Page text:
Contact Information: Email: email@example.com; Phone: 607-253-3273
Sponsor: Collaborative Research Grants Program
Grant Number: N/A
Title: Modulation of Innate Immunity by a Bacterial Phospholipase
Annual Direct Cost: $45,000
Project Period: 10/01/10-09/30/31/2
DESCRIPTION (provided by applicant): The social and economic impact of infectious diseases is enormous. It is estimated that 300 million people suffer from AIDS, malaria or tuberculosis worldwide, which account for about half of all infectious diseases. There is a critical need for new interventions that modulate the immune response to infection, either to hasten clearance of pathogenic microbes or enhance the efficacy of vaccines. Our long-term goal is to develop a new and safe approach to hasten and enhance the immune response to microbial pathogens. Listeria monocytogenes is a foodborne bacterial pathogen that has the ability to multiply in the cytosol of infected cells and to spread from cell to cell using an actin-based mechanism of motility. Escape from vacuoles, which are formed upon cell-to-cell spread, is mediated in part by a phospholipase C (PC-PLC), whose activation is dependent on a decrease in vacuolar pH. Therefore, active PC-PLC is secreted specifically in acidified vacuoles during the intracellular life cycle of L. monocytogenes. We have generated a mutant strain of L. monocytogenes that constitutively secretes active PC-PLC in the cytosol of infected cells. Loss of regulation of PC-PLC activity during infection does not affect host cell viability or the ability of bacteria to multiply intracellularly. Similarly, loss of regulation of PC-PLC activity does not change the initial course of infection in mice; however, beginning at 2 days post-infection there is an increase in the efficiency of immune clearance.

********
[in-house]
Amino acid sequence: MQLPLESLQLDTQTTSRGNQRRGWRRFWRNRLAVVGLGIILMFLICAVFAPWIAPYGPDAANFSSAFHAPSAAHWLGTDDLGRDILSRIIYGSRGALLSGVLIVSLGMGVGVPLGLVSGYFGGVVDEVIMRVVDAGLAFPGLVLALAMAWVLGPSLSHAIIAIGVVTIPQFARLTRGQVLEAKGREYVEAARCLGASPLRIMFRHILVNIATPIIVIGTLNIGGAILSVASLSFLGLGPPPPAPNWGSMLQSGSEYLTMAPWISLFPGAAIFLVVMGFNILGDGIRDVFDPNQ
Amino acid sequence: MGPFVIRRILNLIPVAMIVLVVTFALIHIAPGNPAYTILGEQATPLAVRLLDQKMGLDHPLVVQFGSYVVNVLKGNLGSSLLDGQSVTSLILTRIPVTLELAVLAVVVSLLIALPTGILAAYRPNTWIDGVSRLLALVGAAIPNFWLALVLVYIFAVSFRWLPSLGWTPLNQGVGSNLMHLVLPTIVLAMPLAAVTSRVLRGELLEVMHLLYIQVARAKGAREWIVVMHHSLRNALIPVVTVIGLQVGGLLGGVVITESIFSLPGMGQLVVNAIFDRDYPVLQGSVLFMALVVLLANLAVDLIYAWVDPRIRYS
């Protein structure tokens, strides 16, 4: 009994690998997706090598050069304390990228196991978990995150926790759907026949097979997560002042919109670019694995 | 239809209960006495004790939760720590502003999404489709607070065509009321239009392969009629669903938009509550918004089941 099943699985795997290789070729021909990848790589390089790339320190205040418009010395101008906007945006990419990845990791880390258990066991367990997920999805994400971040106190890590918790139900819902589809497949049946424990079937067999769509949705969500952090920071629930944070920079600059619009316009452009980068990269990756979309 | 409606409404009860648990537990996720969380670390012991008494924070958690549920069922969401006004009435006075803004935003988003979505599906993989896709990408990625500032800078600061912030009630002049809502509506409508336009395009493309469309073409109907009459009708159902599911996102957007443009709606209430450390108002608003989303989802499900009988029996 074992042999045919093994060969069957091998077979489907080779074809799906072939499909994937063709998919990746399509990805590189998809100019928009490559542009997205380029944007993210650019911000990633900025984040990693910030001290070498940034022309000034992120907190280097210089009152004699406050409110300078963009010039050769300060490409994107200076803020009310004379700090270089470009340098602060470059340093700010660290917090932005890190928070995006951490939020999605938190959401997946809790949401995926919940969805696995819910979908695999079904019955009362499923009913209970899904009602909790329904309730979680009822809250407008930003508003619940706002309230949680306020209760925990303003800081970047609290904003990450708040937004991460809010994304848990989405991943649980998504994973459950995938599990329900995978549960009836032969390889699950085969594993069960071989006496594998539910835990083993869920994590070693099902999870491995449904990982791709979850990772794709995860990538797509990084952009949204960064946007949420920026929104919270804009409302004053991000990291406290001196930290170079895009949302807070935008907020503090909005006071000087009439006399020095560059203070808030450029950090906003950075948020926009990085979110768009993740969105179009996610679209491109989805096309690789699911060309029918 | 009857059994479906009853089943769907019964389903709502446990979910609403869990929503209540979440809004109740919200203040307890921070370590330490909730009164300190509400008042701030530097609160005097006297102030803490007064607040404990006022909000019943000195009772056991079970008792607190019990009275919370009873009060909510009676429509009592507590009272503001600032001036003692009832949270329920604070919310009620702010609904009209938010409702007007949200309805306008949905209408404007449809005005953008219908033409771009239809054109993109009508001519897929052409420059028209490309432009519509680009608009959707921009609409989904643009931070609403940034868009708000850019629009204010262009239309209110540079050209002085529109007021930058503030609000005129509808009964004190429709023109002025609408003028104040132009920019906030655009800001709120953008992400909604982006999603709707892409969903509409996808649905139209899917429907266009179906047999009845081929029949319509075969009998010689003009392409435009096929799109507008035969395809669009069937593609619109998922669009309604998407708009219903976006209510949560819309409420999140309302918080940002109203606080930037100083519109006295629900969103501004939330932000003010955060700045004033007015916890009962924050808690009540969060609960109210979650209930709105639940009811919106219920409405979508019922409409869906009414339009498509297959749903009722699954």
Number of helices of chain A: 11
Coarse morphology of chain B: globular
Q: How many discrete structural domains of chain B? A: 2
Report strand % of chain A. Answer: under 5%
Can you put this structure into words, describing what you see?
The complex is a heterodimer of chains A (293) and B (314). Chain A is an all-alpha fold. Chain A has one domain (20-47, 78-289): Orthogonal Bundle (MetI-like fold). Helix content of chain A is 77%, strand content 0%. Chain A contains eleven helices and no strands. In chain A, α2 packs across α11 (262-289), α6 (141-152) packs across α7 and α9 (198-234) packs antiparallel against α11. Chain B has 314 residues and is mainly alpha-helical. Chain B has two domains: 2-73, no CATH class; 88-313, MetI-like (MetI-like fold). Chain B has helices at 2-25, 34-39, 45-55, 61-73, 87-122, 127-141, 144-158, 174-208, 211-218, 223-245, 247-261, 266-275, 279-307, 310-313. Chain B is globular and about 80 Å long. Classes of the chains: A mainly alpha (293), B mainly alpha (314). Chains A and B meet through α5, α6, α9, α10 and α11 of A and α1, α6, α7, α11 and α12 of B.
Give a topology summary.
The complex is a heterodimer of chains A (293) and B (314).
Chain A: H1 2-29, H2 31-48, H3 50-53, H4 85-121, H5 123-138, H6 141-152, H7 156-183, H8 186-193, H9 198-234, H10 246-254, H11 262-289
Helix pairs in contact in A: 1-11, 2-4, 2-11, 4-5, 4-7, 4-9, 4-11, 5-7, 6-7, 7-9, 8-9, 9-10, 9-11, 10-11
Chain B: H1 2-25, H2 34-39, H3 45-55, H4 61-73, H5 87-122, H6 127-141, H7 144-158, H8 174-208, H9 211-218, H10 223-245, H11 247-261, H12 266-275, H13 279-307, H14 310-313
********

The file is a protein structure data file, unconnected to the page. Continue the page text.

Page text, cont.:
Our hypothesis is that PC-PLC up regulates the immune response to infection when delivered as an active enzyme in the cytosol of host cells, consequently conferring a protective effect against infection.
The objectives of this application are: (1) to determine how PC-PLC influences the transcriptional and translational response to infection in macrophages, and (2) to systematically characterize the effects of PC-PLC on the immune response to infection in vivo. If our results confirm that PC-PLC acts as an adjuvant to hasten and enhance the immune response to infection, we will next investigate methods to efficiently and safely deliver PC-PLC as a novel treatment modality.
The studies described herein have the capability to significantly impact our ability to manipulate the immune response to other infectious diseases, potentially leading to the development of new prophylactic and curative approaches.